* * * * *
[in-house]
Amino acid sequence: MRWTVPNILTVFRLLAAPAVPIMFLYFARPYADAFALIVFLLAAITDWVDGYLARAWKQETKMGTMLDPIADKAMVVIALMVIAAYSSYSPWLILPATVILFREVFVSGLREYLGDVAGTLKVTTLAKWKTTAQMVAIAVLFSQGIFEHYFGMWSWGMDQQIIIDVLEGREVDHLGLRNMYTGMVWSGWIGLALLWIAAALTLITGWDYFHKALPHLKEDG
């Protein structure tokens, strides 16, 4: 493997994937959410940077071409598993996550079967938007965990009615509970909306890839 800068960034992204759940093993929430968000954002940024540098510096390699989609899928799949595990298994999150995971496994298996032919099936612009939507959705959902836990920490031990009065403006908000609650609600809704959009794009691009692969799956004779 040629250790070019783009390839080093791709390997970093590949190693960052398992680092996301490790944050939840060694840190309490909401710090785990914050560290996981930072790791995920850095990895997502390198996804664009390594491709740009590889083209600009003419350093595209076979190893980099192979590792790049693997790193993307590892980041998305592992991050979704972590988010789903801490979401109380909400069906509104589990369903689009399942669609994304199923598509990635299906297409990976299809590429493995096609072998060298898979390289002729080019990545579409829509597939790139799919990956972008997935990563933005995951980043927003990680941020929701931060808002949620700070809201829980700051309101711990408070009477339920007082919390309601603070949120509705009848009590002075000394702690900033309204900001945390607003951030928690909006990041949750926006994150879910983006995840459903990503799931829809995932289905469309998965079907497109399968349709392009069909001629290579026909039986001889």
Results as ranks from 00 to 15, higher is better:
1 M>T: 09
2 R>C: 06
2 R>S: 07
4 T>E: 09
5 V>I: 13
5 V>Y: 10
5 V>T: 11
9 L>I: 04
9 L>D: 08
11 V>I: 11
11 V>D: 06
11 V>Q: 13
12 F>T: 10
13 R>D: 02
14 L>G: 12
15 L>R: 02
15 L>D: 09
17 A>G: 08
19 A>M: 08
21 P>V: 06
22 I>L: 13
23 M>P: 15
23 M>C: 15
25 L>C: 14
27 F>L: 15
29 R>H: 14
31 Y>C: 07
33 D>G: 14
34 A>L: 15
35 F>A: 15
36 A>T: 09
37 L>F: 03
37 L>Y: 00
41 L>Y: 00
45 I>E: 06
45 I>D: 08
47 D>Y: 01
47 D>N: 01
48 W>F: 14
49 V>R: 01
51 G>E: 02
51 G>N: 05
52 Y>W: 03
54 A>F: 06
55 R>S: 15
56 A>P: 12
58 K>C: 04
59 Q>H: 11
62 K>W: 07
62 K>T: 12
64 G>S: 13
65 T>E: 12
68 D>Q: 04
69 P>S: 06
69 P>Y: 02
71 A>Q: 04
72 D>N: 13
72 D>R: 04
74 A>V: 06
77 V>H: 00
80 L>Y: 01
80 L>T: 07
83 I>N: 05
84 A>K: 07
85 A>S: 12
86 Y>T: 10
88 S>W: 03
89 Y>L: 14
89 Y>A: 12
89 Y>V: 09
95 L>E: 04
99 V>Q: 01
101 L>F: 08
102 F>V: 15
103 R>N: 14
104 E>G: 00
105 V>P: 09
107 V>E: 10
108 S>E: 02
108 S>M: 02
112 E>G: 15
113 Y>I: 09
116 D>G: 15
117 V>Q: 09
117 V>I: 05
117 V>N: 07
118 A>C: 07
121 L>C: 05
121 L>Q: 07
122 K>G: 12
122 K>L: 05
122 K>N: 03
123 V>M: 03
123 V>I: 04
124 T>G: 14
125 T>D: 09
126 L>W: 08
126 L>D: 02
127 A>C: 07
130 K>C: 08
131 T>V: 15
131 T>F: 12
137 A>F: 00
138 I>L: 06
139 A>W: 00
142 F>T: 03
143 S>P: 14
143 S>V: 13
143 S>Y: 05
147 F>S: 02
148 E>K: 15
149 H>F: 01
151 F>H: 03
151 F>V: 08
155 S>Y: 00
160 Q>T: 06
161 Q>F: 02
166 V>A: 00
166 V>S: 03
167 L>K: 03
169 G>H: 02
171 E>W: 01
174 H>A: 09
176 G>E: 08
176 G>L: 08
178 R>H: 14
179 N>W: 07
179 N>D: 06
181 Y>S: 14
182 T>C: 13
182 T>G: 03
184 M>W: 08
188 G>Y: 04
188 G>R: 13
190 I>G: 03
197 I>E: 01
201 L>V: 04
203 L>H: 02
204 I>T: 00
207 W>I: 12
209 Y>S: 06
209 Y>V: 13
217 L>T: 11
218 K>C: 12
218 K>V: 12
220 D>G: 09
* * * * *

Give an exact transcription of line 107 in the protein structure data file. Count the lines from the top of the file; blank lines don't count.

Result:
137 A>F: 00